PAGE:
Want a More Organized 2012? Do These 3 Things This Week ~

Many of us make vague, general resolutions for our personal lives (I want to be happier, healthier, etc.), but when it comes to my business, I find that very specific, concrete tasks work well for me.  Here are the top three on my list of to-dos to kick off the New Year with organized, focused, gusto:

  1. Clean up my email Inboxes. I have three email accounts.  One for business, one for friends and family and personal business, and one I use when I’m forced to enter my email address to gain access to something or other, knowing full well I’m going to get pummeled with spam.  With this system in place, you’d think I could keep a handle on it, but I can’t (don’t).  I’m actually embarrassed to tell you how many unread emails are waiting for me in my two personal accounts, but I’ll bet I’m not alone.  Since I have the “junk mail” account, I won’t lose too much sleep over just pulling the “delete” trigger and clearing it all out to start anew this year.  The condition of the personal address email account for friends and family is almost as bad, but at this point I’m ready to say goodbye to all the jokes, chain letters, and links to “thought you’d LOVE this” information that my well-intended friends and family care to share, and start all over.  I’m guessing it won’t take long to repopulate – I seem to have an over abundance of jokers in my inner circle.  As far as the business email account goes, I’ve got issues to handle there, as well.  Even though I generally receive between 150 – 200 emails per day (higher on newsletter days),  I usually am able to quickly scan each one and act on the ones that are urgent.  If they aren’t urgent but require attention, I throw it in the “Follow Up” folder. The problem is, the “Follow Up” folder that has items in it from the beginning of December.  This is not good – for me or the person who needs me to follow up.  Google “how to handle email overload” and you’ll get over 6 million results, so I’m guessing I’m not alone in this dilemma.  Here’s a link to one of the best articles I’ve found that offers specific action items to get back on track.  I particularly like this simple tip:  “The productivity guru and “Getting Things Done” author David Allen has a rule of thumb that comes in handy here: If responding is going to take two minutes or less, you’re better off doing it now than procrastinating.”  I have a sneaking suspicion that I am not alone in this email hell I’ve created – am I right?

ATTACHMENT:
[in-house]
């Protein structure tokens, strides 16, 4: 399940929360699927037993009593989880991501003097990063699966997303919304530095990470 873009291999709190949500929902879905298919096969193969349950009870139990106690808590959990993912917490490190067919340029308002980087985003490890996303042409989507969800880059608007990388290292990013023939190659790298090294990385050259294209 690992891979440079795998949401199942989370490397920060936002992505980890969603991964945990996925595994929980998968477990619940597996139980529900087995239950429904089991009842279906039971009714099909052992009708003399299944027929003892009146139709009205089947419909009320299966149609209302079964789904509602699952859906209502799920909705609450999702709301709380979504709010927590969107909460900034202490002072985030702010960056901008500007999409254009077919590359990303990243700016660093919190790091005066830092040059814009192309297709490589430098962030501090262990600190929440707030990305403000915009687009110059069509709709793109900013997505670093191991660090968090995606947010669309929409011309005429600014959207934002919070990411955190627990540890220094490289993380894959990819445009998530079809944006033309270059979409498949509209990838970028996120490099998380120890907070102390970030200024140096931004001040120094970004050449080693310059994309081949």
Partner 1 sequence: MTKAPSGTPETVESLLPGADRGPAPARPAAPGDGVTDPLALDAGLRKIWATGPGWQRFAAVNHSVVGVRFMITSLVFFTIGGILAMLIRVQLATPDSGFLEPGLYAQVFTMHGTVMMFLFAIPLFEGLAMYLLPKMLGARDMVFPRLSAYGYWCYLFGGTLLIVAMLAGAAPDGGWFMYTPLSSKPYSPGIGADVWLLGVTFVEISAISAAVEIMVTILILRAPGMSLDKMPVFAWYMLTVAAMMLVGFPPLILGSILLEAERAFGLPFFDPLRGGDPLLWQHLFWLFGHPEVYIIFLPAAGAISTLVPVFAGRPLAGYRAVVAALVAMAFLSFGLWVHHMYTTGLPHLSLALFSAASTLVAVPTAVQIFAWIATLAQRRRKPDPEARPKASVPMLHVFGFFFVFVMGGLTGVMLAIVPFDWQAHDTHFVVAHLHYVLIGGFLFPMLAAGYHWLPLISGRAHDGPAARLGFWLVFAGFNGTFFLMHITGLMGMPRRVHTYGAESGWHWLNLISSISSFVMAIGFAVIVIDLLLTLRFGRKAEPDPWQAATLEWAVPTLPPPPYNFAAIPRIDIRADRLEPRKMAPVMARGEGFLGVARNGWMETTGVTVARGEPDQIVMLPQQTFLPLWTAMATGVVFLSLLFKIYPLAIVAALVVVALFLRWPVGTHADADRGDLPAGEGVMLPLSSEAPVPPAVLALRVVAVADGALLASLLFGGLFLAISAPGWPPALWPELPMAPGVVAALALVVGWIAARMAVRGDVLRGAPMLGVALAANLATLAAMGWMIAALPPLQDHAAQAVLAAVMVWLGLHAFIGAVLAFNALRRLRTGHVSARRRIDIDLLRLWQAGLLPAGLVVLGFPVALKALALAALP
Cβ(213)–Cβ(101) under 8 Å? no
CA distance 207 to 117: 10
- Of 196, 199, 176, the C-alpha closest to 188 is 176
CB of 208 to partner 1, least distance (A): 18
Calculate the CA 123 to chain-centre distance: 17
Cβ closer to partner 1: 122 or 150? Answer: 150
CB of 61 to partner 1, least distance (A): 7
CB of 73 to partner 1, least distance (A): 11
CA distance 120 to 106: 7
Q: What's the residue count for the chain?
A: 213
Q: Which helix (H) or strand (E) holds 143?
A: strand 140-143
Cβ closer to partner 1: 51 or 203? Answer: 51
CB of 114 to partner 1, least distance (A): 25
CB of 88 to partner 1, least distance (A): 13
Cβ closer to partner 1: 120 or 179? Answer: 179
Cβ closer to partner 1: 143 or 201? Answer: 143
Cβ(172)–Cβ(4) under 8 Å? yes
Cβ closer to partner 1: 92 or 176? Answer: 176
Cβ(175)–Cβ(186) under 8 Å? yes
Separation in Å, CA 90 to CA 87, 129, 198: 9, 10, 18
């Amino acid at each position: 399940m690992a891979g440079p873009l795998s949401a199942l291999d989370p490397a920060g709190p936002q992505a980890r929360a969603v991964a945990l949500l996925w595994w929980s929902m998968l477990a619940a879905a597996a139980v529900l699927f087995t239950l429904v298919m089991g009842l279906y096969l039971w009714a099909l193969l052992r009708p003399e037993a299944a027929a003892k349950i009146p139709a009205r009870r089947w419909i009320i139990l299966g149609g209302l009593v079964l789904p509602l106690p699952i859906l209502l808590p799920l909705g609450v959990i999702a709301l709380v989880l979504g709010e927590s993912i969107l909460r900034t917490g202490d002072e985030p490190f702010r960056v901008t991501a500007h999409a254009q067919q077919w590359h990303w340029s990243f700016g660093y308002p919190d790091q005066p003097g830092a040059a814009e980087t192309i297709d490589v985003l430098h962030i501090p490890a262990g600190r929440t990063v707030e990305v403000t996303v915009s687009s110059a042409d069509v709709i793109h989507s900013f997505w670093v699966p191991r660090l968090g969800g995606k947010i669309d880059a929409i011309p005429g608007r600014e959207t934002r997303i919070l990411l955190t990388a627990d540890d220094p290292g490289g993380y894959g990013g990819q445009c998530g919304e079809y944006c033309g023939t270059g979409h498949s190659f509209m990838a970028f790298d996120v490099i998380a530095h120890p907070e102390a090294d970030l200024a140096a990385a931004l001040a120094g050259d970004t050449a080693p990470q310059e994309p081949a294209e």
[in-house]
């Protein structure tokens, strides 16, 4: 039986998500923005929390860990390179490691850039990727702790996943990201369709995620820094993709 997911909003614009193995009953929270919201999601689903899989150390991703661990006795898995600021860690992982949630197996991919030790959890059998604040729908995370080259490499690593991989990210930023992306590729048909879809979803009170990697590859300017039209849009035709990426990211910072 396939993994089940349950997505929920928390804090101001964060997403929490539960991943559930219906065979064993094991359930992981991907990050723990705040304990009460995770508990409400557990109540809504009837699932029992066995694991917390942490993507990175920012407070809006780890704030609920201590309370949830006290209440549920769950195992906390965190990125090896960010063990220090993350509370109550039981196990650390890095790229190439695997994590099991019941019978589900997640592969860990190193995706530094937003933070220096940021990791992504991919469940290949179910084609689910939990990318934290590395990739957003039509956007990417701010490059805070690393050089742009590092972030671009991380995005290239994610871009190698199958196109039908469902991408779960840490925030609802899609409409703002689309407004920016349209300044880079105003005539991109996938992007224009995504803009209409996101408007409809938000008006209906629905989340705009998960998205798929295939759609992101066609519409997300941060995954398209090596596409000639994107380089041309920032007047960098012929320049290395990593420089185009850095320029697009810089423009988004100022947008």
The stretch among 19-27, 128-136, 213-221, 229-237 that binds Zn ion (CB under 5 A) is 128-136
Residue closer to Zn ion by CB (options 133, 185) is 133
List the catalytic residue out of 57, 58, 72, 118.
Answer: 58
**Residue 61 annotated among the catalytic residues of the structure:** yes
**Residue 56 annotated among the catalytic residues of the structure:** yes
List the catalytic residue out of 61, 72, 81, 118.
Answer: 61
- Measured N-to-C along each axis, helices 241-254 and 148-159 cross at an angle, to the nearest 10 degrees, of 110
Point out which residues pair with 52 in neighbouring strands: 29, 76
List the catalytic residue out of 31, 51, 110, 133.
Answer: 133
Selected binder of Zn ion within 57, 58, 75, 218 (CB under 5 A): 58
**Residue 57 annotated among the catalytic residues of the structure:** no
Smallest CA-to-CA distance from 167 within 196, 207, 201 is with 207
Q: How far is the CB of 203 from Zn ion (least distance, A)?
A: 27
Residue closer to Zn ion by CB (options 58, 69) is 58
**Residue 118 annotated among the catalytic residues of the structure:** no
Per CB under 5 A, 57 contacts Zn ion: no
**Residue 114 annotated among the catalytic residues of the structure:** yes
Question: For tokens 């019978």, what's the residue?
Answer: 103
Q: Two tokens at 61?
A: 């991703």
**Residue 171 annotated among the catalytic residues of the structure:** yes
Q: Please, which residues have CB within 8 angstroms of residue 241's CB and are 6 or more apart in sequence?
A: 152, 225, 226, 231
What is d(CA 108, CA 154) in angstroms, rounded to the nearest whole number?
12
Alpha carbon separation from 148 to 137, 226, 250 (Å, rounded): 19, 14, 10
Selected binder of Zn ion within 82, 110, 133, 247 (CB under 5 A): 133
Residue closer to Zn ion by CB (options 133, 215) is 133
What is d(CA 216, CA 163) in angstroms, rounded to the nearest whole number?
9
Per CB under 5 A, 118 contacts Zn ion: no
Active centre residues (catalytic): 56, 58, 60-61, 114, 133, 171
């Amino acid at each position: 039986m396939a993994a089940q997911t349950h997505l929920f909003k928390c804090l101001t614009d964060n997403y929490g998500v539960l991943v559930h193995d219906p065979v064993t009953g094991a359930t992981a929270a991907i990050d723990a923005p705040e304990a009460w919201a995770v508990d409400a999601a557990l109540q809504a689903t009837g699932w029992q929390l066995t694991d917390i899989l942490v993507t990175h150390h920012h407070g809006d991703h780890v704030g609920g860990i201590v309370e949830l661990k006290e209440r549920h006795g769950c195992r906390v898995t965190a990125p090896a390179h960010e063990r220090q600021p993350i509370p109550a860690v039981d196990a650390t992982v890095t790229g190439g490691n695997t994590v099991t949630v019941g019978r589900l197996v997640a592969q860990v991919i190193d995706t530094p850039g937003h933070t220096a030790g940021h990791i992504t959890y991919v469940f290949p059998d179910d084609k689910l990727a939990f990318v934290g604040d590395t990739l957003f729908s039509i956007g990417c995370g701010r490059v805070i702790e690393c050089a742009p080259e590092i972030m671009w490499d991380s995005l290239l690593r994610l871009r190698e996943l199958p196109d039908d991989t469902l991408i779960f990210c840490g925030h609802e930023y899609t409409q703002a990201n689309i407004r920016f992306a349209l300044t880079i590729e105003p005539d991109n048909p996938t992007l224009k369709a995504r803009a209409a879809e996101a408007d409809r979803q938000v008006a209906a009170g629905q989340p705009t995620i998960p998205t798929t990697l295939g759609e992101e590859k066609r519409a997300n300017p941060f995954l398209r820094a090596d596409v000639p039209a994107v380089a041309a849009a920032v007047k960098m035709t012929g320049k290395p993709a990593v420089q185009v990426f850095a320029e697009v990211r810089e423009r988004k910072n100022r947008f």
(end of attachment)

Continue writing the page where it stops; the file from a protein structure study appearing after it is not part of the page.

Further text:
2. Clean up my LinkedIn Inboxes. I’ve seen firsthand the power of LinkedIn, in fact, I’m a part of the Healthcare IT industry because of it!  Therefore, I value each of the connections that I have, or may have, through LinkedIn, and so feel it’s important to send a personal note to each person who requests a connection.  Here’s an article I wrote for Healthcare Informatics giving more specifics on how to do that.  The return on this investment of time is well worth it, but sticking to this policy means that the LinkedIn invitations to connect can pile up pretty quickly.  This week I plan to get my LinkedIn invitations and messages down to zero, and resolve to do a better job of responding to them weekly.  Even if you don’t have the same policy (although I highly recommend it!), judging from the fact that I often receive responses to my LinkedIn queries that start with, “I apologize for taking so long to respond!” I’m confident this is a common problem.
  3. Update my resume. I have no intention of searching for a new position this year, and you might not, either.  So why should we update our resumes?  Because you just never know when you might need it!  Case in point – I was asked last week to join a very prestigious industry advisory board, and guess what they requested?  My resume!  Although I list an updated resume as a must for everyone else, like an accountant with bad credit I’ve not done so myself.  Shame on me!  And don’t think your circumstances warrant an exemption, either – resumes are requested in all sorts of circumstances, most importantly when a recruiter calls you out of the blue with your dream opportunity!  And if you are putting off updating your resume because you’d rather jam a stick in your eye than write about yourself, I highly recommend hiring fellow Healthcare IT Today blogger Erin Kennedy to help portray you as the consummate professional you are. (She’s graciously offered a discount to the Healthcare IT Central/Healthcare IT Today community).

Okay, so I’ve got my work cut out for me this week, but I’m psyched to get these things done and out of the way so I can focus on being more productive, organized, and responsive in 2012.  How about you?  What’s on your to-do list?

About the author

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Gwen Darling

Gwen Darling is a Search Executive specializing in Healthcare IT, the Founder of Healthcare IT Central (the leading online Career Center for Healthcare IT job seekers and employers), and the Former Editor/Founder of Healthcare IT Today. Gwen also is a featured blogger for Healthcare Informatics magazine.

1 Comment

  • Yes, Gwen! Update your resume! As a Recruiter, I highly recommend folks update their resumes as often as possible because writing about what is fresh in your mind is so much easier. Most of us accomplish so much in a work year that remembering everything is really tough. My suggestion is to add to your resume after you wrap a project, make a presentation, finish something you are proud of, etc. It’s much easier to cut than to add.

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